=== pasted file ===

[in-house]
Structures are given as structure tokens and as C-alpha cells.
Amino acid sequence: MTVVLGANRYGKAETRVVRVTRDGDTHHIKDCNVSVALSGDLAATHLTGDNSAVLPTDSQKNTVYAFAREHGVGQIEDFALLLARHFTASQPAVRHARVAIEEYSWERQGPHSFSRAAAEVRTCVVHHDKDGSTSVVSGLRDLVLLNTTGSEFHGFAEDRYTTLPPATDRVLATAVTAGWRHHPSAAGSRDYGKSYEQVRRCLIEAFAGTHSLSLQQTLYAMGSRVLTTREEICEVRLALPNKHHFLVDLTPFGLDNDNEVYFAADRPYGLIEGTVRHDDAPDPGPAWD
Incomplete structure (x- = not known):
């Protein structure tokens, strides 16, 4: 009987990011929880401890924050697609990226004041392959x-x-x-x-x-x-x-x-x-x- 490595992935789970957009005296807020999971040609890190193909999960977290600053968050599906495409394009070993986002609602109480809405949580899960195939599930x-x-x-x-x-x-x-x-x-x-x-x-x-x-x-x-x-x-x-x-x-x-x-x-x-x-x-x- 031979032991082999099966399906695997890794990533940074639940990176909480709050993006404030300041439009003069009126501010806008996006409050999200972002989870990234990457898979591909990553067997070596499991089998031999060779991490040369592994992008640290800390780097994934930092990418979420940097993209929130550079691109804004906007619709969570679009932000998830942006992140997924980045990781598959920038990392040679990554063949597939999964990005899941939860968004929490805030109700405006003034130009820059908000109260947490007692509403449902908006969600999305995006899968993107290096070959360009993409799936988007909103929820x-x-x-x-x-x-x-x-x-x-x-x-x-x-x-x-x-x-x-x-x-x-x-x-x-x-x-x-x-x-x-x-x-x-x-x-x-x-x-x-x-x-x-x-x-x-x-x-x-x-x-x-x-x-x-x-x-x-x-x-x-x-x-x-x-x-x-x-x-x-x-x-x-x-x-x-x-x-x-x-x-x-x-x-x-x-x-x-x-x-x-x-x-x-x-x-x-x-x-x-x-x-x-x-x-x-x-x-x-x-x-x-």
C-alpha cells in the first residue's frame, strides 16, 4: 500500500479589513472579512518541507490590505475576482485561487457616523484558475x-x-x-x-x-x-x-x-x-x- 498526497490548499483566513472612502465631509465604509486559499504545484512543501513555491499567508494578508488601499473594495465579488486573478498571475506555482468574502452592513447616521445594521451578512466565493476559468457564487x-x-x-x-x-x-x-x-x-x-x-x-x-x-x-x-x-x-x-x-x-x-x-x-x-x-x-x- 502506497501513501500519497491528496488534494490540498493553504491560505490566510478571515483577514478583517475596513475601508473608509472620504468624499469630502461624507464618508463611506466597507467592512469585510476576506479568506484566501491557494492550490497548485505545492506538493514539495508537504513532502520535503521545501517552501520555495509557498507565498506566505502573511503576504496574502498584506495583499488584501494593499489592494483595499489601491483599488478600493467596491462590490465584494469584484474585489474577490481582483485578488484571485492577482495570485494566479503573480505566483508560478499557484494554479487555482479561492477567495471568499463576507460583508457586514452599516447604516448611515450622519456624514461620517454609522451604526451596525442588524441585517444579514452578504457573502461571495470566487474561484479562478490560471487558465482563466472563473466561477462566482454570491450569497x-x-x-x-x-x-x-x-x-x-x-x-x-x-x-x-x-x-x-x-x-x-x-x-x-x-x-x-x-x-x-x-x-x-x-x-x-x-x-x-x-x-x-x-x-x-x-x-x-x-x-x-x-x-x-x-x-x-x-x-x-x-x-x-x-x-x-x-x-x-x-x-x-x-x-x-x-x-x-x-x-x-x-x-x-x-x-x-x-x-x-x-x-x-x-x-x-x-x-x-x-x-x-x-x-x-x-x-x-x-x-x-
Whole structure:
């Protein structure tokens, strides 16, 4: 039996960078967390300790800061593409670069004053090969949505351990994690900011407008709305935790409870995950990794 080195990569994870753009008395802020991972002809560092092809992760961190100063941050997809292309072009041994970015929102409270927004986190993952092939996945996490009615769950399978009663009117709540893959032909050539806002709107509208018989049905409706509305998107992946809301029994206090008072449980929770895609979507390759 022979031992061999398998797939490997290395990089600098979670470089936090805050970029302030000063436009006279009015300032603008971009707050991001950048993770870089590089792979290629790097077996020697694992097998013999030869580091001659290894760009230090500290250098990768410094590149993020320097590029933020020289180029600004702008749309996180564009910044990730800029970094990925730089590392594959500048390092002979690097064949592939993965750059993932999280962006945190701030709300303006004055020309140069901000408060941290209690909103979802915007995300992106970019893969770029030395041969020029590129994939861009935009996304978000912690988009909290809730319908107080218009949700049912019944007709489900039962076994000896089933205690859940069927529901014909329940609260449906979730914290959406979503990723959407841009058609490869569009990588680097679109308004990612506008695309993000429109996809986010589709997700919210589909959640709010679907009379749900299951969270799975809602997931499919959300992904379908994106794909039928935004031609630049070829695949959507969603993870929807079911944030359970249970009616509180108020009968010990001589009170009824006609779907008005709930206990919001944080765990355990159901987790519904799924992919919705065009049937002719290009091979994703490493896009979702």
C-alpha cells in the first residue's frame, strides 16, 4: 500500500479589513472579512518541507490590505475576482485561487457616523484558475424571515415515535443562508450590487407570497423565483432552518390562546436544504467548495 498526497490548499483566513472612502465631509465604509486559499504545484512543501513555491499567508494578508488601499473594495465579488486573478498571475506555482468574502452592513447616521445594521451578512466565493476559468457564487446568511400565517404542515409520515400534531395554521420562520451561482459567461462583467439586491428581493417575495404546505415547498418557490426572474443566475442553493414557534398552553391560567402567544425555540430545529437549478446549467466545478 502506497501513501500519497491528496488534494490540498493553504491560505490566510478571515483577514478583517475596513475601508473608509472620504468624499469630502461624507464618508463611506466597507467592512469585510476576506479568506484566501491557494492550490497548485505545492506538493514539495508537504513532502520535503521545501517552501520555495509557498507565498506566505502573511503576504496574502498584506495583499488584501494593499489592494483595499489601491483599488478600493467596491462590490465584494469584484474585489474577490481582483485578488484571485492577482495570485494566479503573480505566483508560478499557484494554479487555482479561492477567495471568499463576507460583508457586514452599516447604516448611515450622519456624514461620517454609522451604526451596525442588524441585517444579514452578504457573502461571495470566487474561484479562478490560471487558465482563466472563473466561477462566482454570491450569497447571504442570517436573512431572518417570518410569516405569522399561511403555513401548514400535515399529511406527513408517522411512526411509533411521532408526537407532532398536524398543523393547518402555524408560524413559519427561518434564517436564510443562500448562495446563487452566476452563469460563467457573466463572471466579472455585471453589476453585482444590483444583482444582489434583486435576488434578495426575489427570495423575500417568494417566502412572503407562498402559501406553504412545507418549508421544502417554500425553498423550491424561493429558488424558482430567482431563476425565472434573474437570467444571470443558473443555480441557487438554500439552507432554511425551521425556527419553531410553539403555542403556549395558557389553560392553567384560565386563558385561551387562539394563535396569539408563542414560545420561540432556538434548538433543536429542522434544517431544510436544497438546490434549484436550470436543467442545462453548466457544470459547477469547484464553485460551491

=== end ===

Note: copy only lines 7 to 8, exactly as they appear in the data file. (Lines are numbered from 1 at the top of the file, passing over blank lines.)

Whole structure:
């Protein structure tokens, strides 16, 4: 039996960078967390300790800061593409670069004053090969949505351990994690900011407008709305935790409870995950990794 080195990569994870753009008395802020991972002809560092092809992760961190100063941050997809292309072009041994970015929102409270927004986190993952092939996945996490009615769950399978009663009117709540893959032909050539806002709107509208018989049905409706509305998107992946809301029994206090008072449980929770895609979507390759 022979031992061999398998797939490997290395990089600098979670470089936090805050970029302030000063436009006279009015300032603008971009707050991001950048993770870089590089792979290629790097077996020697694992097998013999030869580091001659290894760009230090500290250098990768410094590149993020320097590029933020020289180029600004702008749309996180564009910044990730800029970094990925730089590392594959500048390092002979690097064949592939993965750059993932999280962006945190701030709300303006004055020309140069901000408060941290209690909103979802915007995300992106970019893969770029030395041969020029590129994939861009935009996304978000912690988009909290809730319908107080218009949700049912019944007709489900039962076994000896089933205690859940069927529901014909329940609260449906979730914290959406979503990723959407841009058609490869569009990588680097679109308004990612506008695309993000429109996809986010589709997700919210589909959640709010679907009379749900299951969270799975809602997931499919959300992904379908994106794909039928935004031609630049070829695949959507969603993870929807079911944030359970249970009616509180108020009968010990001589009170009824006609779907008005709930206990919001944080765990355990159901987790519904799924992919919705065009049937002719290009091979994703490493896009979702």